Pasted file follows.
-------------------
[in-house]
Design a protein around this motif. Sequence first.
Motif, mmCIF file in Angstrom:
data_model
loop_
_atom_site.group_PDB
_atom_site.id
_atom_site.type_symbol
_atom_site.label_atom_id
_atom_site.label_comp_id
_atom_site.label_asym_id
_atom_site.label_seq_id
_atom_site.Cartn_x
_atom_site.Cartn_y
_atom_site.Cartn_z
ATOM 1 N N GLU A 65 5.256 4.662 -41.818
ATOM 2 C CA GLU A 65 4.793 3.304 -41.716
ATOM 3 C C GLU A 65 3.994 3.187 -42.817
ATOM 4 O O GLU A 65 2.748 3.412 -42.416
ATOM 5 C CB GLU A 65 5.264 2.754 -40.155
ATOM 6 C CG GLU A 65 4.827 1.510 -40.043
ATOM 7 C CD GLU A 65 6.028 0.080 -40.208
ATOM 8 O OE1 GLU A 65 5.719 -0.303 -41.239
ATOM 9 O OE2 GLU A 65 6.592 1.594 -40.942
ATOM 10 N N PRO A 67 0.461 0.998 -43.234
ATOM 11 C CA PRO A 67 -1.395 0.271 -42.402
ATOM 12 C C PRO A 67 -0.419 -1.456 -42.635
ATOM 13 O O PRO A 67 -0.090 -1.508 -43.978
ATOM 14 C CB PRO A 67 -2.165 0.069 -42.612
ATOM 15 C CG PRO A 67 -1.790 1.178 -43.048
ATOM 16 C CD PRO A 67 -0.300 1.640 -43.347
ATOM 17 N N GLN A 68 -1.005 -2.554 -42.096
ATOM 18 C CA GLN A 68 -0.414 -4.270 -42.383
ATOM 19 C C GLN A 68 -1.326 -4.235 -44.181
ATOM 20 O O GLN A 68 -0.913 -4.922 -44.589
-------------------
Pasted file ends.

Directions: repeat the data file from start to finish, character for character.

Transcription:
[in-house]
Design a protein around this motif. Sequence first.
Motif, mmCIF file in Angstrom:
data_model
loop_
_atom_site.group_PDB
_atom_site.id
_atom_site.type_symbol
_atom_site.label_atom_id
_atom_site.label_comp_id
_atom_site.label_asym_id
_atom_site.label_seq_id
_atom_site.Cartn_x
_atom_site.Cartn_y
_atom_site.Cartn_z
ATOM 1 N N GLU A 65 5.256 4.662 -41.818
ATOM 2 C CA GLU A 65 4.793 3.304 -41.716
ATOM 3 C C GLU A 65 3.994 3.187 -42.817
ATOM 4 O O GLU A 65 2.748 3.412 -42.416
ATOM 5 C CB GLU A 65 5.264 2.754 -40.155
ATOM 6 C CG GLU A 65 4.827 1.510 -40.043
ATOM 7 C CD GLU A 65 6.028 0.080 -40.208
ATOM 8 O OE1 GLU A 65 5.719 -0.303 -41.239
ATOM 9 O OE2 GLU A 65 6.592 1.594 -40.942
ATOM 10 N N PRO A 67 0.461 0.998 -43.234
ATOM 11 C CA PRO A 67 -1.395 0.271 -42.402
ATOM 12 C C PRO A 67 -0.419 -1.456 -42.635
ATOM 13 O O PRO A 67 -0.090 -1.508 -43.978
ATOM 14 C CB PRO A 67 -2.165 0.069 -42.612
ATOM 15 C CG PRO A 67 -1.790 1.178 -43.048
ATOM 16 C CD PRO A 67 -0.300 1.640 -43.347
ATOM 17 N N GLN A 68 -1.005 -2.554 -42.096
ATOM 18 C CA GLN A 68 -0.414 -4.270 -42.383
ATOM 19 C C GLN A 68 -1.326 -4.235 -44.181
ATOM 20 O O GLN A 68 -0.913 -4.922 -44.589